The repeal of the military’s “Don’t Ask, Don’t Tell” law is expected to take effect today.
Pentagon press secretary George Little said Monday that the military is adequately prepared for the end of the current policy, commonly known as “don’t ask, don’t tell,” under which gays can serve as long as they don’t openly acknowledge their sexual orientation and commanders are not allowed to ask.
Repeal will take effect today at 12:01 a.m. EDT Tuesday, September 20th.
As soon as the ban is lifted, the DoD will publish revised regulations to reflect the new law that will allow gays to serve openly. The revisions, such as eliminating references to banned homosexual service, are in line with policy guidance that was issued by top Pentagon officials in January, after Obama signed the legislation that did away with the “don’t ask, don’t tell” policy.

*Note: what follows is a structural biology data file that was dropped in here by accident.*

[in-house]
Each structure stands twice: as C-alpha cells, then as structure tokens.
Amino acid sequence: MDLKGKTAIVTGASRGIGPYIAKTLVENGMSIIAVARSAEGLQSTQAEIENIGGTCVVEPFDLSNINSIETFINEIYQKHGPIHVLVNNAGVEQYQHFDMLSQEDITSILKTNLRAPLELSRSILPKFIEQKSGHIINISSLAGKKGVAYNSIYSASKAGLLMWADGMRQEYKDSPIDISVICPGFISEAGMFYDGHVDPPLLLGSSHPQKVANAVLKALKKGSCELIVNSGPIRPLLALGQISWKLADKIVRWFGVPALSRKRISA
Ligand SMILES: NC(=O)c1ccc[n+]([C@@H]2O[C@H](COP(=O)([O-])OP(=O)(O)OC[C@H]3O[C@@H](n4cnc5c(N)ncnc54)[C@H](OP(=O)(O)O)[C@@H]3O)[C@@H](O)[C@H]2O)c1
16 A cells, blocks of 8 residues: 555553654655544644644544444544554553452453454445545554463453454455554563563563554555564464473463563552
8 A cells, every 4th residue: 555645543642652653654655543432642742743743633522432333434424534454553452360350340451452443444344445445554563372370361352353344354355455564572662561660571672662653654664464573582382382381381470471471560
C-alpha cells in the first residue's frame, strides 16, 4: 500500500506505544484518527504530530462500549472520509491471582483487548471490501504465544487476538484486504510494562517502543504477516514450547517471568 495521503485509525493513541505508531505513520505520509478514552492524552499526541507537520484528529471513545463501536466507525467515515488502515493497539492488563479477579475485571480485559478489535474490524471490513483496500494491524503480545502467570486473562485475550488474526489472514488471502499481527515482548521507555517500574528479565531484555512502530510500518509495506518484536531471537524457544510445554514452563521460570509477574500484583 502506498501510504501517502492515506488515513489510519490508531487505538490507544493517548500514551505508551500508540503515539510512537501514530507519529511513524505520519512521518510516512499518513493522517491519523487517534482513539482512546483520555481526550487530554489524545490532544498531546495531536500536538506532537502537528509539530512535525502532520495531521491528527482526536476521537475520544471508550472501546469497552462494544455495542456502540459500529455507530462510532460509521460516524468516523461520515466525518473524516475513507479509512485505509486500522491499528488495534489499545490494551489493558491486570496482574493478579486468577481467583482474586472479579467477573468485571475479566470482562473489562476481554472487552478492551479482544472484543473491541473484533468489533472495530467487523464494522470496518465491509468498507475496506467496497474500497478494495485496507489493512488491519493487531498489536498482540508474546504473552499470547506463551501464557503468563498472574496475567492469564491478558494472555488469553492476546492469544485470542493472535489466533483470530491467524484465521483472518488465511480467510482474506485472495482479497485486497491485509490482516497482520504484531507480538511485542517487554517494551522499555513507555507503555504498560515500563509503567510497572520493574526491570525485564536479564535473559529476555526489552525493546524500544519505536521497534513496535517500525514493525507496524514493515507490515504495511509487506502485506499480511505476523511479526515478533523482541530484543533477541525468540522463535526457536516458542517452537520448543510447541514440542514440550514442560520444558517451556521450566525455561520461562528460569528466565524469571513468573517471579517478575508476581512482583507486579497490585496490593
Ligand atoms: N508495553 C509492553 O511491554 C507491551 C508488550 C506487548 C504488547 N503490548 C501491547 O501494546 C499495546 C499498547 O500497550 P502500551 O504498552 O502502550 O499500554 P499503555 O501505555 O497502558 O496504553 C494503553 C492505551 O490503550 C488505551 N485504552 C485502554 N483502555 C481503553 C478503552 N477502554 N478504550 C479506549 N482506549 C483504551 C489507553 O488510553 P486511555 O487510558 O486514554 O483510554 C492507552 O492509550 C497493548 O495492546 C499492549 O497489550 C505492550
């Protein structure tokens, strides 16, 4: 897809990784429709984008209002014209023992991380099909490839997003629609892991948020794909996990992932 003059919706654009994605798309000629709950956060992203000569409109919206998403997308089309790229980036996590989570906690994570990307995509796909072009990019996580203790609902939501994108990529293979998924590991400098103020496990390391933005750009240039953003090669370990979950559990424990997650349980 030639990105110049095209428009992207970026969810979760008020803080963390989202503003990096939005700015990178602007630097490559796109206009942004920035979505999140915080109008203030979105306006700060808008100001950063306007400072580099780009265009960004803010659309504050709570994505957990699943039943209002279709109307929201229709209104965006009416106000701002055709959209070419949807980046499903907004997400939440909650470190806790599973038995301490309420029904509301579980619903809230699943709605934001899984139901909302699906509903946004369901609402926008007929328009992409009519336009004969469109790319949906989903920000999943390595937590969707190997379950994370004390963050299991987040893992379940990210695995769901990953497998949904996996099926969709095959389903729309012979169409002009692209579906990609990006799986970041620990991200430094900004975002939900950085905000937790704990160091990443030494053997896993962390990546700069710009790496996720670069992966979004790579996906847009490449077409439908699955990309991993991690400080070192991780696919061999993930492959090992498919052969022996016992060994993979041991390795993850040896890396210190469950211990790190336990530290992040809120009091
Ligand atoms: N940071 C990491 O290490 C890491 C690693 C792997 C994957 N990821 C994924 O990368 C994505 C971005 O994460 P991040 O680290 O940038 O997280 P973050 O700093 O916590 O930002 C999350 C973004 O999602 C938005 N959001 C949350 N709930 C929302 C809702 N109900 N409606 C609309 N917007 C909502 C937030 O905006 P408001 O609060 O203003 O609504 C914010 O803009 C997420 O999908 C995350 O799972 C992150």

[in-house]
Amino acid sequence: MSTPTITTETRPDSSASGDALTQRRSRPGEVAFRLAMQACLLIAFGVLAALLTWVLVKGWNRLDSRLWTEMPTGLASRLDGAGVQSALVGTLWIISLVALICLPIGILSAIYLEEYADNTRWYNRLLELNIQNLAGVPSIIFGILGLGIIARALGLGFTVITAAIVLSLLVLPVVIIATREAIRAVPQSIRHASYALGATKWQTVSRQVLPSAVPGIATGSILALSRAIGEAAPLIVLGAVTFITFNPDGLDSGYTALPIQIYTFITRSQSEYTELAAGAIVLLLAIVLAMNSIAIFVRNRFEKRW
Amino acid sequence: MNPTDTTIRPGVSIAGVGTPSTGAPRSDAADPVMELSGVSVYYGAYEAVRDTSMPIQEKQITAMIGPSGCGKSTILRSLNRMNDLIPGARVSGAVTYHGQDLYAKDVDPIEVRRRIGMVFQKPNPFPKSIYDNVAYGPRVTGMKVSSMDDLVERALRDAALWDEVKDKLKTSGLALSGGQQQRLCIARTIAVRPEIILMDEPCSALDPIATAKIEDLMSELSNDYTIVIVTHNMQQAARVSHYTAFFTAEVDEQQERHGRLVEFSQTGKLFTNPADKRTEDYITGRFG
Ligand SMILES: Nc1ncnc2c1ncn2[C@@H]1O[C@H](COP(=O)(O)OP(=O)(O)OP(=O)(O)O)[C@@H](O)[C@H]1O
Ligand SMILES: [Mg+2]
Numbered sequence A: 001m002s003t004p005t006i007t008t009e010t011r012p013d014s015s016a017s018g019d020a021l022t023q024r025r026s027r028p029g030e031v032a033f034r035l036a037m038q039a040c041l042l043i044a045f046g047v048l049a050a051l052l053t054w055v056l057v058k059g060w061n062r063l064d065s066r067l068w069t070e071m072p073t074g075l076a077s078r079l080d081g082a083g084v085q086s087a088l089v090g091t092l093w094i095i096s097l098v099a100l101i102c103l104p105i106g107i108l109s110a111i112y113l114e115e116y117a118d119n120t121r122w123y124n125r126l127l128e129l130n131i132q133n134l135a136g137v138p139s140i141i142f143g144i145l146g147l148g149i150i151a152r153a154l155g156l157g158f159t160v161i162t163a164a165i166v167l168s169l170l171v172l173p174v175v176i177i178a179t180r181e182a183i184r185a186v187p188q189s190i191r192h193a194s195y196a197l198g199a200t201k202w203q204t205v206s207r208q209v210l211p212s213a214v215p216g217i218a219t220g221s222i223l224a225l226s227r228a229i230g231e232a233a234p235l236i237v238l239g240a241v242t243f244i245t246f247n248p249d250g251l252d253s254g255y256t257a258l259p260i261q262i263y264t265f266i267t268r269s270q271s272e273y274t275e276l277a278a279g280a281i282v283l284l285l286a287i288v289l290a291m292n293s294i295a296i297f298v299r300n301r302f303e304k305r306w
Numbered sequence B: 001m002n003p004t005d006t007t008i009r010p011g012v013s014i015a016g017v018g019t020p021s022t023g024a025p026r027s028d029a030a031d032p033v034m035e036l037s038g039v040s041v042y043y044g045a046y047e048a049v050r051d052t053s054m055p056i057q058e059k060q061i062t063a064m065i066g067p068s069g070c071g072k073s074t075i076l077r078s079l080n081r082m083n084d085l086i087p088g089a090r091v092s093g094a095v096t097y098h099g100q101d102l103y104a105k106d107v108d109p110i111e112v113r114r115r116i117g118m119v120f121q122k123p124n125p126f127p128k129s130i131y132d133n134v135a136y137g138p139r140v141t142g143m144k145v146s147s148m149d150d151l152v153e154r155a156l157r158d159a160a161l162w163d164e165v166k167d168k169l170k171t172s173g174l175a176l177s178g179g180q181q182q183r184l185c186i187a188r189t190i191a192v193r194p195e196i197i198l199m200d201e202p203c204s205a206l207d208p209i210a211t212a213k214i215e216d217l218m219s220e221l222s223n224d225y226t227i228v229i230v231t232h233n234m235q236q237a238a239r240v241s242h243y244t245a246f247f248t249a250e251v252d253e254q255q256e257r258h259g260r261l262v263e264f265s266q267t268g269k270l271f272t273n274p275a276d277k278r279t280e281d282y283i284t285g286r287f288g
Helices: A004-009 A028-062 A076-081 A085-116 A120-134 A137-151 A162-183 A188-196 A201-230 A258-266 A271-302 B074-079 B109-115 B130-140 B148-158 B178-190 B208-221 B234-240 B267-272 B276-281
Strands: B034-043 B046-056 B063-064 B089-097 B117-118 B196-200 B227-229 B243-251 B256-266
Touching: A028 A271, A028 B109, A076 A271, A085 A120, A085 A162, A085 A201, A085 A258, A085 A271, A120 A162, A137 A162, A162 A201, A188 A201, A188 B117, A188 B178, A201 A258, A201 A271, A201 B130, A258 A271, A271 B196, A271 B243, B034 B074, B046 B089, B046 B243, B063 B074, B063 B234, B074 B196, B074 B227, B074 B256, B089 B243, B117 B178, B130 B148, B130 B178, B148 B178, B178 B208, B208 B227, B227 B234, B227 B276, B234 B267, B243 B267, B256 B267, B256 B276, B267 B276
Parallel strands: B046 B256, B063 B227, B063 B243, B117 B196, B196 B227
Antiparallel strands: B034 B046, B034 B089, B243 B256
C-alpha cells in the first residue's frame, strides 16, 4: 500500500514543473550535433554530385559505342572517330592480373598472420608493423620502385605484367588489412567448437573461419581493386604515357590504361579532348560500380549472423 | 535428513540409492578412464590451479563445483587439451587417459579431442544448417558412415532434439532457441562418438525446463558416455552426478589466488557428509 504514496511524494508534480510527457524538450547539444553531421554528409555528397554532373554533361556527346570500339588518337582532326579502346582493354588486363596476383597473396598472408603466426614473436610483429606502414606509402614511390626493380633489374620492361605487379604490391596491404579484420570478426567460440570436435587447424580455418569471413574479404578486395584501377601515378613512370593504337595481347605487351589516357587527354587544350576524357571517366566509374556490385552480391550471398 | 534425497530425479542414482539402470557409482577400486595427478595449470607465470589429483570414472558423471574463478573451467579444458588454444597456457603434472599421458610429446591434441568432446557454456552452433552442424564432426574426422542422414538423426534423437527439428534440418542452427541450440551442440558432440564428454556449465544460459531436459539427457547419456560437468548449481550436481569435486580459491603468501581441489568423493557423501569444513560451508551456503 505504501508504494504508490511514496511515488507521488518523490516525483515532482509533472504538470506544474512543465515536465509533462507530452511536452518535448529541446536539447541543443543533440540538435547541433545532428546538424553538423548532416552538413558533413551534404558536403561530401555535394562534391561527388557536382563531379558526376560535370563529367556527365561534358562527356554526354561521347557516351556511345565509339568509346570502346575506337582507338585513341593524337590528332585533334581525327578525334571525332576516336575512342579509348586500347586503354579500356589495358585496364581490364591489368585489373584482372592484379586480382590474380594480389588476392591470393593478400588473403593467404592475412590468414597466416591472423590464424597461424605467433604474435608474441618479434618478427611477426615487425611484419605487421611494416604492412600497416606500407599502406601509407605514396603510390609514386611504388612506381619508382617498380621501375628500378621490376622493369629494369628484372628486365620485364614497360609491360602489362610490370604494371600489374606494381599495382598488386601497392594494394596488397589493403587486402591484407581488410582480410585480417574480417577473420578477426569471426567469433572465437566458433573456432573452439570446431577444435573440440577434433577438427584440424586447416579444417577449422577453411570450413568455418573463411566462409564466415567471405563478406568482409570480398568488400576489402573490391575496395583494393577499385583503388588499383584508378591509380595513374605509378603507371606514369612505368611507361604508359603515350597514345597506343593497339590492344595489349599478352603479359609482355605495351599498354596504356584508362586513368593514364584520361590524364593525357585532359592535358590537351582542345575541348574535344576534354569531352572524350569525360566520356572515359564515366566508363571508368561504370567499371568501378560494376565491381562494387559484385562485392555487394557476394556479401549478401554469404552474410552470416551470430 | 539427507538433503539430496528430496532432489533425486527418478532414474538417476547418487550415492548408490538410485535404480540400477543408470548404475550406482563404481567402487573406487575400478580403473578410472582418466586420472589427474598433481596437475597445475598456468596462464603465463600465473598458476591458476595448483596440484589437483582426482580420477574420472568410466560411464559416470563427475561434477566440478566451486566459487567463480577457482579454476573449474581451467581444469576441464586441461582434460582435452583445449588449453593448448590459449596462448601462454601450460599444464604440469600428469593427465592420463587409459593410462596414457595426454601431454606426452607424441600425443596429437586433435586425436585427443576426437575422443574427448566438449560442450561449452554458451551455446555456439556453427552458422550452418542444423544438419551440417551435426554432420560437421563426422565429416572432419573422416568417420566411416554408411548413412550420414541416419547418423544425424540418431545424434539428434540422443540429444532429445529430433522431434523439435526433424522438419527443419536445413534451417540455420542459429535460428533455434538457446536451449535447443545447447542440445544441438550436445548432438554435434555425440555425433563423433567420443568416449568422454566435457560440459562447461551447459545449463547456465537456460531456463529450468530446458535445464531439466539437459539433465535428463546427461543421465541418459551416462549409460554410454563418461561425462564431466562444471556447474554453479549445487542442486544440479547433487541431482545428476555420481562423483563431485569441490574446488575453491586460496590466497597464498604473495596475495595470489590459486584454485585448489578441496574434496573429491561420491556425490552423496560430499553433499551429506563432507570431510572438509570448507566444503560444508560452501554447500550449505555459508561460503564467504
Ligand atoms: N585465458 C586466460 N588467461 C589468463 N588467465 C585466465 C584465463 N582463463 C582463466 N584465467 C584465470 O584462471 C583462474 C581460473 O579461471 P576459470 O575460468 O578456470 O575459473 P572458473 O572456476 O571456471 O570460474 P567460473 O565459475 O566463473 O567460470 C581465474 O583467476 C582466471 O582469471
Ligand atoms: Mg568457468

Recruiters are accepting applications from openly gay and lesbian applicants seeking to enlist in the military. While many changes in policies and regulations already have taken place, officials are waiting until the repeal has taken effect before processing the applications.
Some standards of conduct will stay implemented, such as public displays of affection, no matter the sexual orientation.
Service members who were discharged under the “don’t ask, don’t tell” law will be allowed to re-enlist, but their applications will not be given priority over those of any others with prior military experience who are seeking to re-enlist.